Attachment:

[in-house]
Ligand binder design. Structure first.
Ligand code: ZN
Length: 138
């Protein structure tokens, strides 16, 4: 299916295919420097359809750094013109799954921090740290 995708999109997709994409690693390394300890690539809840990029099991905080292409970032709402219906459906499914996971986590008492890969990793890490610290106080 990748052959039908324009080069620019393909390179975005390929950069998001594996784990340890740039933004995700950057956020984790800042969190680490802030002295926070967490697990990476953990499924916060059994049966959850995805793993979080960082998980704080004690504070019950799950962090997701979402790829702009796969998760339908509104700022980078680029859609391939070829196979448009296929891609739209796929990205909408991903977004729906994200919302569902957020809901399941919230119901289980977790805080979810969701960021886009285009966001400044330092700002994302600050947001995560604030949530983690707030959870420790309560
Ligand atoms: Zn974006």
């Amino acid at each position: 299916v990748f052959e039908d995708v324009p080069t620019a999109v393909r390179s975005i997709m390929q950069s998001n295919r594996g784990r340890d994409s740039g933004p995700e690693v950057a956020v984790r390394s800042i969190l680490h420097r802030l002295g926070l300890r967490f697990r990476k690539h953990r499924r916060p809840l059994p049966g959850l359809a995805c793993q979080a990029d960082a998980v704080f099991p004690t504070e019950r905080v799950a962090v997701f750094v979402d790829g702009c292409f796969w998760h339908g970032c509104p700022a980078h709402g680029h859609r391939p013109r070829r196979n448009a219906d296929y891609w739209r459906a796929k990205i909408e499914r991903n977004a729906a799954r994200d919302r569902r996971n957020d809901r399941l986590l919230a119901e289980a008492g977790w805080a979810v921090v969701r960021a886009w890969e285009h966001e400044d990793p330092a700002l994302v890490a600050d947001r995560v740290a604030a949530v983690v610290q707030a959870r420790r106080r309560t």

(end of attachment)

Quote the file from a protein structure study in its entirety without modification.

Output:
[in-house]
Ligand binder design. Structure first.
Ligand code: ZN
Length: 138
């Protein structure tokens, strides 16, 4: 299916295919420097359809750094013109799954921090740290 995708999109997709994409690693390394300890690539809840990029099991905080292409970032709402219906459906499914996971986590008492890969990793890490610290106080 990748052959039908324009080069620019393909390179975005390929950069998001594996784990340890740039933004995700950057956020984790800042969190680490802030002295926070967490697990990476953990499924916060059994049966959850995805793993979080960082998980704080004690504070019950799950962090997701979402790829702009796969998760339908509104700022980078680029859609391939070829196979448009296929891609739209796929990205909408991903977004729906994200919302569902957020809901399941919230119901289980977790805080979810969701960021886009285009966001400044330092700002994302600050947001995560604030949530983690707030959870420790309560
Ligand atoms: Zn974006």
């Amino acid at each position: 299916v990748f052959e039908d995708v324009p080069t620019a999109v393909r390179s975005i997709m390929q950069s998001n295919r594996g784990r340890d994409s740039g933004p995700e690693v950057a956020v984790r390394s800042i969190l680490h420097r802030l002295g926070l300890r967490f697990r990476k690539h953990r499924r916060p809840l059994p049966g959850l359809a995805c793993q979080a990029d960082a998980v704080f099991p004690t504070e019950r905080v799950a962090v997701f750094v979402d790829g702009c292409f796969w998760h339908g970032c509104p700022a980078h709402g680029h859609r391939p013109r070829r196979n448009a219906d296929y891609w739209r459906a796929k990205i909408e499914r991903n977004a729906a799954r994200d919302r569902r996971n957020d809901r399941l986590l919230a119901e289980a008492g977790w805080a979810v921090v969701r960021a886009w890969e285009h966001e400044d990793p330092a700002l994302v890490a600050d947001r995560v740290a604030a949530v983690v610290q707030a959870r420790r106080r309560t």